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Does the Jones Act Apply to Injuries that Happen on Land?

Injuries are a common occurrence in the maritime industries, and any given day of work comes with risks. The duties of many workers take them back and forth between a vessel and land, and injuries can occur anywhere. Unfortunately, pursuing fair payment after an accident can be a difficult task without access to traditional workers’ compensation.

The Jones Act allows injured seamen to pursue personal injury actions against their employers, but what happens when an accident occurs on land? In certain cases, even land-based injuries are compensable under the Jones Act. If not, the Longshore and Harbor Workers’ Compensation Act provides another means for injured maritime employees to pursue compensation.

Qualifications for Jones Act Claims

To qualify for compensation under the Jones Act, an injured worker must be considered a seaman, meaning he or she spends at least 30 percent of work hours on a vessel in navigation. The vessel does not have to be moving to qualify, but it must be at least:

  • Floating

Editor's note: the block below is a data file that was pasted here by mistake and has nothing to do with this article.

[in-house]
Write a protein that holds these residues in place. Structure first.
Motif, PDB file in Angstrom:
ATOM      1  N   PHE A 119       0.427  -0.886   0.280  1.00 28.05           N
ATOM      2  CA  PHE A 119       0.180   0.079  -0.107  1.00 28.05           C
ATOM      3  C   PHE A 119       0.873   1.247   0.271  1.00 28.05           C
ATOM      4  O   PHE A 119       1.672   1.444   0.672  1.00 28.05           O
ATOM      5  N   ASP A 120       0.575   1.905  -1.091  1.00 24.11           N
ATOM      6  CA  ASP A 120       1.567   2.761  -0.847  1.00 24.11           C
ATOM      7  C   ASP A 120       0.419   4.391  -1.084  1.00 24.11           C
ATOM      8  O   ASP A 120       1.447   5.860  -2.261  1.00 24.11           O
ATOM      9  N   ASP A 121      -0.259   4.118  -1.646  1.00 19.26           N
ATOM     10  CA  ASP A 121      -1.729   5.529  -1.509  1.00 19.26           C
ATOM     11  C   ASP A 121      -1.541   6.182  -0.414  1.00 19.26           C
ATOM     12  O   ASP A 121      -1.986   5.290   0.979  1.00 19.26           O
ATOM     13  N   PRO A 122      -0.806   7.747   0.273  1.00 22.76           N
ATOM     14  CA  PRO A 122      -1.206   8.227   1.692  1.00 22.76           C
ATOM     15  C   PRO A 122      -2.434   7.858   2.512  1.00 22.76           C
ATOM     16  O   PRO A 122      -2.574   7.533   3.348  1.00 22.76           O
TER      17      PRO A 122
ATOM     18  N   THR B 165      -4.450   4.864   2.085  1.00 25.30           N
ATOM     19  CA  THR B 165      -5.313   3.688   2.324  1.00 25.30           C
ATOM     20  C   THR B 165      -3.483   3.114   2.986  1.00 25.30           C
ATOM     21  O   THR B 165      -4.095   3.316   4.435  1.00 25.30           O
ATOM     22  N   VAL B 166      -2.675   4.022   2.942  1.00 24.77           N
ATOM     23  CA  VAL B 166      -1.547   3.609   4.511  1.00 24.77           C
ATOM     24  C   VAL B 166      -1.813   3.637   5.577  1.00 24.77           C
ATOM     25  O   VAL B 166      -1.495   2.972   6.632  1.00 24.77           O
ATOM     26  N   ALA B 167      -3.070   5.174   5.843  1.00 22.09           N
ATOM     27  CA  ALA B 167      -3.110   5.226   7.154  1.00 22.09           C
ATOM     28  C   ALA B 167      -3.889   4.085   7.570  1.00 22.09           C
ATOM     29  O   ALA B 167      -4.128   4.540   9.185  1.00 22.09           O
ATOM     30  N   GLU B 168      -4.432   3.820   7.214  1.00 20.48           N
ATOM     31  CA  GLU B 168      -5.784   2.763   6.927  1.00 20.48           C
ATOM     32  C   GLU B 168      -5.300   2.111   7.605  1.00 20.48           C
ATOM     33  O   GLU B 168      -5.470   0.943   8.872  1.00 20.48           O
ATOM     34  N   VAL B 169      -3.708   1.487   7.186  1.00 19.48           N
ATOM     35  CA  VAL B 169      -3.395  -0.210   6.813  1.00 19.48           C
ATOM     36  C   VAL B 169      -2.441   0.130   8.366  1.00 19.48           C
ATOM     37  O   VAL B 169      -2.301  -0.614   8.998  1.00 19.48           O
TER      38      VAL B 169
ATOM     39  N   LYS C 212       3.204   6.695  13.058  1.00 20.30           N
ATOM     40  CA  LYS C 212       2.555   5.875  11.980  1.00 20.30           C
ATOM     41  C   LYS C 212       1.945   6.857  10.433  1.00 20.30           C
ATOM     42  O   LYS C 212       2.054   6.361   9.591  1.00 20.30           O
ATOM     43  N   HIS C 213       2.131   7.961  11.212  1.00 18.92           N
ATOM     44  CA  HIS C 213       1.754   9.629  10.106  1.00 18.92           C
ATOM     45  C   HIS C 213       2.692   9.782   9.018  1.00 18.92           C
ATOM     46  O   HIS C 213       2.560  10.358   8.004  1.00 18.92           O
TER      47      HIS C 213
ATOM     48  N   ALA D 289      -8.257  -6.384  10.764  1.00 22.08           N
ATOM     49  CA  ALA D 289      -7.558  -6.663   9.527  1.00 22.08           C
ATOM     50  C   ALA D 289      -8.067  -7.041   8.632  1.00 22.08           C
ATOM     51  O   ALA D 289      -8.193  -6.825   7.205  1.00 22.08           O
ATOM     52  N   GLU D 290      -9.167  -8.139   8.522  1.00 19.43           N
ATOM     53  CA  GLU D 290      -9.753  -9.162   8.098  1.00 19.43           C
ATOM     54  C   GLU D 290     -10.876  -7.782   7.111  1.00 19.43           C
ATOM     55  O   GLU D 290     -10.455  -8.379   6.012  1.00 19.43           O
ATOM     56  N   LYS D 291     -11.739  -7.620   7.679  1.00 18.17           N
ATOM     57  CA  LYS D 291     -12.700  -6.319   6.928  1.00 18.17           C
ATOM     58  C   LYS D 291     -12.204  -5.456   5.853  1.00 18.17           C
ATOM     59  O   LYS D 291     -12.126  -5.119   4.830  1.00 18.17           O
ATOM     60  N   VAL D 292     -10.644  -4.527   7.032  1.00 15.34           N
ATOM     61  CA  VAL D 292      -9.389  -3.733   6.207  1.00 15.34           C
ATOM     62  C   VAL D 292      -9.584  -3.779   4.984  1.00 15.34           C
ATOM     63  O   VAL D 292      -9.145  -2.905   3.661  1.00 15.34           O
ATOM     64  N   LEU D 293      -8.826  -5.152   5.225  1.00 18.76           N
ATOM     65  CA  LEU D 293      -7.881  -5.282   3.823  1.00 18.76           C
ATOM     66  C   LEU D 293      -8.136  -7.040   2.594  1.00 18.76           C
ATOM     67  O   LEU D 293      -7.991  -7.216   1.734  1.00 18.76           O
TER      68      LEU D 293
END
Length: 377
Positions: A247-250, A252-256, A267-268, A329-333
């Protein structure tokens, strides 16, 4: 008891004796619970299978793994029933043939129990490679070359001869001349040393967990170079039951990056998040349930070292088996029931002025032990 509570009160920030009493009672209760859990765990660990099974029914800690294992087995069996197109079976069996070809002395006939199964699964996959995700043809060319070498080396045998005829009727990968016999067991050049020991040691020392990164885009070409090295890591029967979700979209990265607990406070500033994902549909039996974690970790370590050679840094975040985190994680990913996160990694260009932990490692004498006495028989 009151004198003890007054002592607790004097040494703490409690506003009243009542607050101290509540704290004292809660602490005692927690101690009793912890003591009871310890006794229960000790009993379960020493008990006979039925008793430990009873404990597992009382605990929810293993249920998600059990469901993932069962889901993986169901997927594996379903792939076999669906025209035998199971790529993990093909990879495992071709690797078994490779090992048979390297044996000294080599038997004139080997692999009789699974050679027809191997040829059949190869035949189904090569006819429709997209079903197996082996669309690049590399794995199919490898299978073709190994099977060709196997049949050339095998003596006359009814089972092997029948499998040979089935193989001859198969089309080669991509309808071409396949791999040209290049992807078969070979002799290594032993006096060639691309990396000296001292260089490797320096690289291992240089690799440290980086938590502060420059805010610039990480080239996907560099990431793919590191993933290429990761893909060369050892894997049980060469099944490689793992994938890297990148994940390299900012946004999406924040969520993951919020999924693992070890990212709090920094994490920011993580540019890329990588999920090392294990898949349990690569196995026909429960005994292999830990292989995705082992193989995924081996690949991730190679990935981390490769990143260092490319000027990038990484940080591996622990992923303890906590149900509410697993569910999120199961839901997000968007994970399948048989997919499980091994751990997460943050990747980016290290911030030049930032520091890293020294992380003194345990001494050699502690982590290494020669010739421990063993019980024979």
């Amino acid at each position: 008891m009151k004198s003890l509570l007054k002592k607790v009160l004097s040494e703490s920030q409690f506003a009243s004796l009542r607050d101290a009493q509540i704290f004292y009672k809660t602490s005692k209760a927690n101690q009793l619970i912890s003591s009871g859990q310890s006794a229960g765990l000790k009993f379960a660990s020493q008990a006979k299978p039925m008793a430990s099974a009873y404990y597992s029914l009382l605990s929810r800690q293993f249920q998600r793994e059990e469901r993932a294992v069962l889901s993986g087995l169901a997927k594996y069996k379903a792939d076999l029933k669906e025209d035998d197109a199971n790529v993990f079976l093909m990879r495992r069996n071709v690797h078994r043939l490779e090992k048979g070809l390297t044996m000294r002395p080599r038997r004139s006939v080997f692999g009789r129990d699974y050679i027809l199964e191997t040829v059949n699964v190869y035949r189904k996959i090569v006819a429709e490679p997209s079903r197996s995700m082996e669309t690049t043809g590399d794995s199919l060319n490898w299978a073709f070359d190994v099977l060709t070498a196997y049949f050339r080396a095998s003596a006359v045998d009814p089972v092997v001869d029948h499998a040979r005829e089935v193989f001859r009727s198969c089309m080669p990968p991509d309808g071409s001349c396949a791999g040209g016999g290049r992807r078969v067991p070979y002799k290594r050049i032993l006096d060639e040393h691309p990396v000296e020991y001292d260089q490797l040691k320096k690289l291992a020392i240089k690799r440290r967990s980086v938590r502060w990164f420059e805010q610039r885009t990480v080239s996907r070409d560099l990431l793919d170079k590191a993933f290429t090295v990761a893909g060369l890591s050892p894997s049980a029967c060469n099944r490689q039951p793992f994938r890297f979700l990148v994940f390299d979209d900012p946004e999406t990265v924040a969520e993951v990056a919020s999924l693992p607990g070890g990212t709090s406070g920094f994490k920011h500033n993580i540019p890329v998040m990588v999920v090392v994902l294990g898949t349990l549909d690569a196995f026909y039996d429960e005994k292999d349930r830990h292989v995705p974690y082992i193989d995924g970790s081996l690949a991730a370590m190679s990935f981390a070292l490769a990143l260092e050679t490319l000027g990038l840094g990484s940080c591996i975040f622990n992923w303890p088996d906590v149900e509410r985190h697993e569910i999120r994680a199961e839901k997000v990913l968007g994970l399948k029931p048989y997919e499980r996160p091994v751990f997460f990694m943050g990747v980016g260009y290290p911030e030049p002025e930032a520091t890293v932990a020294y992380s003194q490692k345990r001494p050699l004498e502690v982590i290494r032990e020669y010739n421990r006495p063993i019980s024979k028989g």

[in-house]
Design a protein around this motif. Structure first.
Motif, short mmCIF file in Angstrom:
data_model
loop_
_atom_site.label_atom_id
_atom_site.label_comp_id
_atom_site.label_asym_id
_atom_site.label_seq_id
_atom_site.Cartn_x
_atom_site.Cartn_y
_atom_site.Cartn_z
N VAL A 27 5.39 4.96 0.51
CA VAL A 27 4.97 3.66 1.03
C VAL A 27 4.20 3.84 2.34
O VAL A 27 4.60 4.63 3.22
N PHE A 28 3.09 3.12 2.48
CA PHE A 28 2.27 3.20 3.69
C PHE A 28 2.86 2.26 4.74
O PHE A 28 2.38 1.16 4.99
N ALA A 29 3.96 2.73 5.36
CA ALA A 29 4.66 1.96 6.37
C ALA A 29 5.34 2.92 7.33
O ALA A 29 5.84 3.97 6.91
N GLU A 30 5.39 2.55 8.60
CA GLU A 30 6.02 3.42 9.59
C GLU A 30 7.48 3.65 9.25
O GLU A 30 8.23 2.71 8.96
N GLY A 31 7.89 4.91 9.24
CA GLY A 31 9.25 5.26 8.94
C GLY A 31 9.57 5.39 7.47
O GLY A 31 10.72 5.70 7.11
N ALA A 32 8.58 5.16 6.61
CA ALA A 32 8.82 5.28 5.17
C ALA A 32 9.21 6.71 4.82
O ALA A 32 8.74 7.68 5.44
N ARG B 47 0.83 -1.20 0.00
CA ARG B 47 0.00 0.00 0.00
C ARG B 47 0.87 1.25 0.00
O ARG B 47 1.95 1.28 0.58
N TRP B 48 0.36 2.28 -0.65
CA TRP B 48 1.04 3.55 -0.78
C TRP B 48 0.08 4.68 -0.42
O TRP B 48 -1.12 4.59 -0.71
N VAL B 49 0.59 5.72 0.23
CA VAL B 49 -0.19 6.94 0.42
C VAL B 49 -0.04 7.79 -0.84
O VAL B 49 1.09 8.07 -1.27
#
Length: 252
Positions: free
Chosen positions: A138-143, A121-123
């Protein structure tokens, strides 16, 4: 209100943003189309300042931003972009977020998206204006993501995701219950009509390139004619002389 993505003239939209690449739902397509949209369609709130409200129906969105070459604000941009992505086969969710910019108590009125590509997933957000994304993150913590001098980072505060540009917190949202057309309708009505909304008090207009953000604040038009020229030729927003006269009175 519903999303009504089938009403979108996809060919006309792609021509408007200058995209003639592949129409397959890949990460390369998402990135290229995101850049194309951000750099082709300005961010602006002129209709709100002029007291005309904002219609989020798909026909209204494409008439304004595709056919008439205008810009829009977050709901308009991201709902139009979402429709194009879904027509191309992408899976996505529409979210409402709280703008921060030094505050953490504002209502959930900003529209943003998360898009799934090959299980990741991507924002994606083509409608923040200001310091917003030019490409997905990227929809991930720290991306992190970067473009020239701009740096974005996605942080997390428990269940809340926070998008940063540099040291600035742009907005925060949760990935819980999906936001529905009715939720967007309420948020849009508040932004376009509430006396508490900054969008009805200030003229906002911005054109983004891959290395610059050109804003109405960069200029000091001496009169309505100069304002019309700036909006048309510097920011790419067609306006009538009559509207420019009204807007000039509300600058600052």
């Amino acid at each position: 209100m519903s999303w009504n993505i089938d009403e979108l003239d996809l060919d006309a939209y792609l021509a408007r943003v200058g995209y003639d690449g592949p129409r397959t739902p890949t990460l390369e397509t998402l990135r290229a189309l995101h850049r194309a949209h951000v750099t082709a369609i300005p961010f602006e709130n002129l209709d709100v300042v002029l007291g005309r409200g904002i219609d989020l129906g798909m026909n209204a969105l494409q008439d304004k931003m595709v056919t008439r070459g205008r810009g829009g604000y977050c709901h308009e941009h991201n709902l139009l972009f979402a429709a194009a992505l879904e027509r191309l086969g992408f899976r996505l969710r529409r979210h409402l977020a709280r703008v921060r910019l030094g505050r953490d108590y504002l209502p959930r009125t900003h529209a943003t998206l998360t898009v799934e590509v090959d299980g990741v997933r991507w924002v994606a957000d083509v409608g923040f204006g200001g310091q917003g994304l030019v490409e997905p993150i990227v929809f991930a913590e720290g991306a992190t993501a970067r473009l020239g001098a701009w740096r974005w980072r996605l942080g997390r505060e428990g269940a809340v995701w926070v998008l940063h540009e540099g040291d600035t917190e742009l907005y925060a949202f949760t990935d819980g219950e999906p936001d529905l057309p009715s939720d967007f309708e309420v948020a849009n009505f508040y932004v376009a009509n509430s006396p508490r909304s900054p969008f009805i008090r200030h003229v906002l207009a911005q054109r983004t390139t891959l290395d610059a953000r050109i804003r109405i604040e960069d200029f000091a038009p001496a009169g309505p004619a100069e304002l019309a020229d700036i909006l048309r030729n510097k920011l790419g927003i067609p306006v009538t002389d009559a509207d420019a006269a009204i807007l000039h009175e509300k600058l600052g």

• Operational
  • Capable of sailing or moving under its own power
  • On navigable waters

The vessel must have been built in the United States, have at least 75 percent U.S. ownership, and be crewed by at least 75 percent American sailors. If you and your vessel meet these criteria, you may be eligible for compensation under the Jones Act, even if your work-related injury occurred on land.

Requirements Under the Longshore and Harbor Workers’ Compensation Act

While the Jones Act covers seamen who work towards the function of the vessel, the Longshore and Harbor Workers’ Compensation Act (LHWCA) covers land-based maritime industry employees. The Longshore Act applies to harbor workers, ship repairmen, ship builders, and others in related fields. These jobs may occur on navigable waters or nearby land typically used for ship construction, repairs, loading, or unloading. It is also important to note that these two acts are mutually exclusive and cannot both be used for one claim. Additionally, the LHWCA provides workers’ compensation benefits rather than allowing injury victims to sue their employers.

Reach Out to Laborde Earles for Help with Your Maritime Injury Claim

If you or a loved one was injured while working at your maritime industry job, you could be eligible for compensation under the Jones Act or the Longshore Act, even if the accident occurred on land. The eligibility requirements for each act can be confusing, but an experienced maritime injury attorney can help you decide how to proceed. Reach out to the experienced Louisiana injury attorneys at Laborde Earles to get the legal guidance you need.